... then we're all doomed. Saddle up the dolphins Clem, we're outta here!
If we're going to have public art then some tiny segment of the public must select what gets installed. I'd prefer those somebodies to be people who think a lot about and deeply care about art. How best to find such people?
While not everything installed at SFMOMA appeals to me I don't expect it to either. But well curated venues always eventually deliver and sometimes with a grand slam.
Posted by: The Milkshake of Despair at April 4, 2011 10:47 PM
All I can say on this one MOD is that you're seriously off.
I think you should be appointed Head of All Public Art Selection on the Planet.
Posted by: noearch at April 5, 2011 10:01 AM
1% of these projects is a not insignificant sum. The "public" art provided on some projects has been purchased from the private collections of the developer. A little sunshine cannot harm this process.
Posted by: OneEyedMan at April 5, 2011 10:20 AM
Yes it can harm the process.
Witness the antics the Planning Commission engages in when reviewing a new building or residential addition:
"Can you make the beige a little darker?"
"I'd like to see more brackets at the cornice line. I have those on my house and they look nice."
"I don't support that little window up there to the right. It doesn't look right."
"My favorite kind of tile is spanish. Could the builder add that to the bay windows?"
And on and on and on.
That's why this insane process would be harmful.
An artist MUST demand freedom from censorship or design by committee.
Posted by: noearch at April 5, 2011 10:34 AM
Who said anything about censorship? And why do you feel that a good artist would have a better chance of being selected by a developer compared to an arts committee?
My impression is that the commission wouldn't be micro managing an artist's work, just selecting a piece from multiple candidates.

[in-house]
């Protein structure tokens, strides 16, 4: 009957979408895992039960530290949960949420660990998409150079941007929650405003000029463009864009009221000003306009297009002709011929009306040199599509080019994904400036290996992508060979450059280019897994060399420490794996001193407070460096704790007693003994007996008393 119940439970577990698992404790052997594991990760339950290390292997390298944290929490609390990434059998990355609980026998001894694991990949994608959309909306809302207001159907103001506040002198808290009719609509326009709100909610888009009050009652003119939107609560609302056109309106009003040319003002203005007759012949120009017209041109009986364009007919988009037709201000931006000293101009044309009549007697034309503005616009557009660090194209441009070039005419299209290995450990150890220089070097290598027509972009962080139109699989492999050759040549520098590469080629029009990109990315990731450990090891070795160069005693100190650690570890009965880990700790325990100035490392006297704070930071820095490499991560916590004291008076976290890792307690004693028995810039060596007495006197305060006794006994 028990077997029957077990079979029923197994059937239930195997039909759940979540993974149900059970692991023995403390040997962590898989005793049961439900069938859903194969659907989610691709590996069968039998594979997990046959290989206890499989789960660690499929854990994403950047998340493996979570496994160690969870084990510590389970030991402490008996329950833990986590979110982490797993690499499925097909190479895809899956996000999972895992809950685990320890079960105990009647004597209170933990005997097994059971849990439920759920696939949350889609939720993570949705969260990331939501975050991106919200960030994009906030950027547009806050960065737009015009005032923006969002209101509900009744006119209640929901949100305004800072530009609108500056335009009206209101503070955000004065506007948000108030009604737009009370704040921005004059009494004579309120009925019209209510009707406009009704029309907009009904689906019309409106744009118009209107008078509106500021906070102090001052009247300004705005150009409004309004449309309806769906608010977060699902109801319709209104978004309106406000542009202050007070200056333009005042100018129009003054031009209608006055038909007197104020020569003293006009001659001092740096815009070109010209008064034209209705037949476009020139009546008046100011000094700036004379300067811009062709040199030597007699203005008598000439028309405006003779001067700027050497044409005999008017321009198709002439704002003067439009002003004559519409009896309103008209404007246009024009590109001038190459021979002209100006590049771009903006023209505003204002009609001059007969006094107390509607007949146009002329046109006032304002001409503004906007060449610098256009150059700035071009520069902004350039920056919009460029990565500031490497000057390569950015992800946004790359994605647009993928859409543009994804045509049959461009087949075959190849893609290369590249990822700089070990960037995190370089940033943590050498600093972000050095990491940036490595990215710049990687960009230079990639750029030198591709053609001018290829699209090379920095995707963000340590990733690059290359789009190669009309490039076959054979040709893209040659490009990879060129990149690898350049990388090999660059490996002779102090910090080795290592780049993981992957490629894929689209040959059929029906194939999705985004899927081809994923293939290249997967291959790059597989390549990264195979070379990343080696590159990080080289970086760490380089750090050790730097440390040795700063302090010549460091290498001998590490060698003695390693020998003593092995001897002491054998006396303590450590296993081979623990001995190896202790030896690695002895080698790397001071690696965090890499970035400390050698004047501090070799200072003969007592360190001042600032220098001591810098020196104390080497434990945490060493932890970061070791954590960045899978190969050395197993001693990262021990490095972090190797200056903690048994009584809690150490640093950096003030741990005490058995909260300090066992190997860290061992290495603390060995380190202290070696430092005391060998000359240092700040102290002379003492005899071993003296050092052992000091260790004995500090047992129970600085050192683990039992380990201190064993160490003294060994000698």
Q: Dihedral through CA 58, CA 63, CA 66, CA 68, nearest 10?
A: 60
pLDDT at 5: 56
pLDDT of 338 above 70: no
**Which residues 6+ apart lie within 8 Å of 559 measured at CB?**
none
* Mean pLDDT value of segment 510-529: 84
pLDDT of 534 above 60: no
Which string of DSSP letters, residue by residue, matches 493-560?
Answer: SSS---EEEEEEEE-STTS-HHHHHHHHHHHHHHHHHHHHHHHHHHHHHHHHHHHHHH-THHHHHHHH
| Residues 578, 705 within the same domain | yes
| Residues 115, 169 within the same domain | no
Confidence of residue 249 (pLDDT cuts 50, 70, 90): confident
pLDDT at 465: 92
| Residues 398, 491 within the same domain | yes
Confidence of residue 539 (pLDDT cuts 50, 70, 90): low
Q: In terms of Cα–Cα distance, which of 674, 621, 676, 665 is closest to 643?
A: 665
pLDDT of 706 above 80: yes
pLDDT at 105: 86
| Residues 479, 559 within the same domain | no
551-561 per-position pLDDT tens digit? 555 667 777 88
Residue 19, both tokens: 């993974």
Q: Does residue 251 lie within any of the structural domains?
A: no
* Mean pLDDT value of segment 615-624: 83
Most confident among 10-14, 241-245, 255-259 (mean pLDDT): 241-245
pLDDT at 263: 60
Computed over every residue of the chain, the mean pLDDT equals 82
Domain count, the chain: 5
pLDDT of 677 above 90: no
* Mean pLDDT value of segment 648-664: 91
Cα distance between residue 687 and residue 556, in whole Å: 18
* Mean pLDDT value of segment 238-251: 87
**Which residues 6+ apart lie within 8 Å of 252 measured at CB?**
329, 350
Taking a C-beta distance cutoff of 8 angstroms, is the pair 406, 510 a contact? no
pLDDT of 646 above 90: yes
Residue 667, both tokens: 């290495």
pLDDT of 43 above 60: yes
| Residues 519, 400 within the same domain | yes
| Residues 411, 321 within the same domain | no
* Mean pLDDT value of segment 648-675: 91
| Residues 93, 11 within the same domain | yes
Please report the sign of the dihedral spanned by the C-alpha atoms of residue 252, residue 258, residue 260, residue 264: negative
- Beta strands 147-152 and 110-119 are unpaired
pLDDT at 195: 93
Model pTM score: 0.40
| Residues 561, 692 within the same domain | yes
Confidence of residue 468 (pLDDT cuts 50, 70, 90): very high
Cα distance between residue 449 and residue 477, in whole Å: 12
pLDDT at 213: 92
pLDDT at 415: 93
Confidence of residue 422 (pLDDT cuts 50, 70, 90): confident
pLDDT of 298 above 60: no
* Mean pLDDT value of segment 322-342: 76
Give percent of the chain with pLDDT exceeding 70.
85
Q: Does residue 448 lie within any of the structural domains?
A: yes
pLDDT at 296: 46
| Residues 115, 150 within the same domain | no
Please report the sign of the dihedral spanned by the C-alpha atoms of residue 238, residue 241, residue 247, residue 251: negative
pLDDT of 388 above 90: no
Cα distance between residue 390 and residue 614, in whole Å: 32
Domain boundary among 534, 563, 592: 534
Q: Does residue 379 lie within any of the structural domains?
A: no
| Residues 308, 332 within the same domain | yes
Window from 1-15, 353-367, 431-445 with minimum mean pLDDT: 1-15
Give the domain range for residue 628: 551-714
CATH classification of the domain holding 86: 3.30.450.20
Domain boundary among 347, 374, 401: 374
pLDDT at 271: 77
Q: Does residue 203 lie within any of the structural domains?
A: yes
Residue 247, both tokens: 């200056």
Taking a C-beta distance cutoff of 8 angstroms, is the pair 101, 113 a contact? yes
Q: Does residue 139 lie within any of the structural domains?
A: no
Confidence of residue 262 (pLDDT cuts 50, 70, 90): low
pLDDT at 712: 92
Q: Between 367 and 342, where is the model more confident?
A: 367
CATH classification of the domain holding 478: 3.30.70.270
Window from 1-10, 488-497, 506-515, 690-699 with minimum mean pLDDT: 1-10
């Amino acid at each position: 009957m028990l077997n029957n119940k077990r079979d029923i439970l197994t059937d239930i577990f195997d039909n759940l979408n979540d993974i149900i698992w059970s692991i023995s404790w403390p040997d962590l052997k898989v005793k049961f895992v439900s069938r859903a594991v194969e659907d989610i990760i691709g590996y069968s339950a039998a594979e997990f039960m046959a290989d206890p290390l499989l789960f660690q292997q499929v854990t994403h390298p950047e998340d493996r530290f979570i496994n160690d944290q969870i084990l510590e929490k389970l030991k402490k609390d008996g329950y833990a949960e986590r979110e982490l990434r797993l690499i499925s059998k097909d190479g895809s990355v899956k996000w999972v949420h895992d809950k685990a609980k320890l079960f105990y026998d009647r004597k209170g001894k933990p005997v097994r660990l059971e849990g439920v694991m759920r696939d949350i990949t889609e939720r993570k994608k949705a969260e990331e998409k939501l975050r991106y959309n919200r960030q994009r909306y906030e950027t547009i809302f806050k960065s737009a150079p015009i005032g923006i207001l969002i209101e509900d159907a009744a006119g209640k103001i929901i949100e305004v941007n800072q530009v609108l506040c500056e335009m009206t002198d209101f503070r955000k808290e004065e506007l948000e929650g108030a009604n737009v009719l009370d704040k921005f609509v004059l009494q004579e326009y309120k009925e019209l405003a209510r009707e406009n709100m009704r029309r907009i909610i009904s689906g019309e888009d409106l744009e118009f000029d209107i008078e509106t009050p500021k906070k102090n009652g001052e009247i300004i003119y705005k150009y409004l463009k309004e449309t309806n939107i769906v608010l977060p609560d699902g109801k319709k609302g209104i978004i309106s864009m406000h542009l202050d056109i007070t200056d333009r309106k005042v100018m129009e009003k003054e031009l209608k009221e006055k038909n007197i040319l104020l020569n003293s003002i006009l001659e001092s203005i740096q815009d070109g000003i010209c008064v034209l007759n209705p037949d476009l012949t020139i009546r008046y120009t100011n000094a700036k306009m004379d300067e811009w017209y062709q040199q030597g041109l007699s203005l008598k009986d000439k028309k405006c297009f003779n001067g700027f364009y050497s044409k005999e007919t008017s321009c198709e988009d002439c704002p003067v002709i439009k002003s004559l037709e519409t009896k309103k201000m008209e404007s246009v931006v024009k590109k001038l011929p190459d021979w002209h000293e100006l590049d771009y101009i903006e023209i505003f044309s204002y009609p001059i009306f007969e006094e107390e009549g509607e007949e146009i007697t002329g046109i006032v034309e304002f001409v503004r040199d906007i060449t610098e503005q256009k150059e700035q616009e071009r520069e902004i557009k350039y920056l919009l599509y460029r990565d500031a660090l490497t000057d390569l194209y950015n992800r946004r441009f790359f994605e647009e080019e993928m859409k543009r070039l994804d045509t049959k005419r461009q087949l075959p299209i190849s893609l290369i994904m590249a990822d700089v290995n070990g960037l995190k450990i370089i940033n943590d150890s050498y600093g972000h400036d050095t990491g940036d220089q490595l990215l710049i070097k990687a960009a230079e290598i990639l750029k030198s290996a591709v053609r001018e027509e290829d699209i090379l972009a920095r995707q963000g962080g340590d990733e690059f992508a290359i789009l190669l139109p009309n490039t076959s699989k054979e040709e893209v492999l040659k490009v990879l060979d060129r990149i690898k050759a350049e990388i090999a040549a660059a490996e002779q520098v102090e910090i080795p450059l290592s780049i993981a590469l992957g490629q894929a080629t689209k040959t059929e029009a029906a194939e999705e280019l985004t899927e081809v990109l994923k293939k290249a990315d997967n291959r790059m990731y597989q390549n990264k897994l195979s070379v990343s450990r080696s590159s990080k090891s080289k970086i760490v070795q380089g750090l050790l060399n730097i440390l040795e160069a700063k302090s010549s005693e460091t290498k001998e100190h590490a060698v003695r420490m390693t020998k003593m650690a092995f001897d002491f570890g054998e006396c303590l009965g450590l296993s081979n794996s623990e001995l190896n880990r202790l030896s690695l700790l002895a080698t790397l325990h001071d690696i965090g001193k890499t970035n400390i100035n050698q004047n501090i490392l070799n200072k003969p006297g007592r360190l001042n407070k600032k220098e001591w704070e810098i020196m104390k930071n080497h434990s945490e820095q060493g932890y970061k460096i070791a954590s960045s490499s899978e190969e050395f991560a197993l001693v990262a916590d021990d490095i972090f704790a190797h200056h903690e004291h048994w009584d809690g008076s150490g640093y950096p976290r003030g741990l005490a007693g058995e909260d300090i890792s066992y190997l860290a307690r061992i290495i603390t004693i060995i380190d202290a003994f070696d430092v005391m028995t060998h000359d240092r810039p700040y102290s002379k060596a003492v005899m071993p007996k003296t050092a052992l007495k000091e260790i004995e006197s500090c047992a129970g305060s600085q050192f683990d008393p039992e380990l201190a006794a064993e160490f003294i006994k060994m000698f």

Nice try at cranking up the FUD though.
Posted by: The Milkshake of Despair at April 5, 2011 11:07 AM
ok, mod. whatever.
You're trying to be high and mighty with lofty ideals of "caring about art". bs.
And the same time you're trying to stifle creativity and somehow think an "appointed" bunch of so called art scholars have all the answers.
Another example of a mediocre public commission trying to decide what's best for the public.
Posted by: noearch at April 5, 2011 11:24 AM
I never said that a committee would have all the answers, just that they could do a better job. How have you determined that the commission is mediocre? If you have a better solution then please elaborate.
The status quo involves a conflict of interest which can work against the public interest.
And there's nothing "high and mighty" with caring about art. Just as important is that 1% ear mark benefits the public rather than being embezzled away via Hollywood accounting.
Posted by: The Milkshake of Despair at April 5, 2011 12:28 PM
MOD: you have no idea what you're talking about.
Last thing we need in this over commit-teed city is more committees and more bureaucracy.
Posted by: noearch at April 5, 2011 6:32 PM
noearch - Why not back your argument with details rather than a blanket dismissal? If your case is valid then it should not be too hard. You could start by answering some of the questions posed.
Posted by: The Milkshake of Despair at April 6, 2011 8:40 AM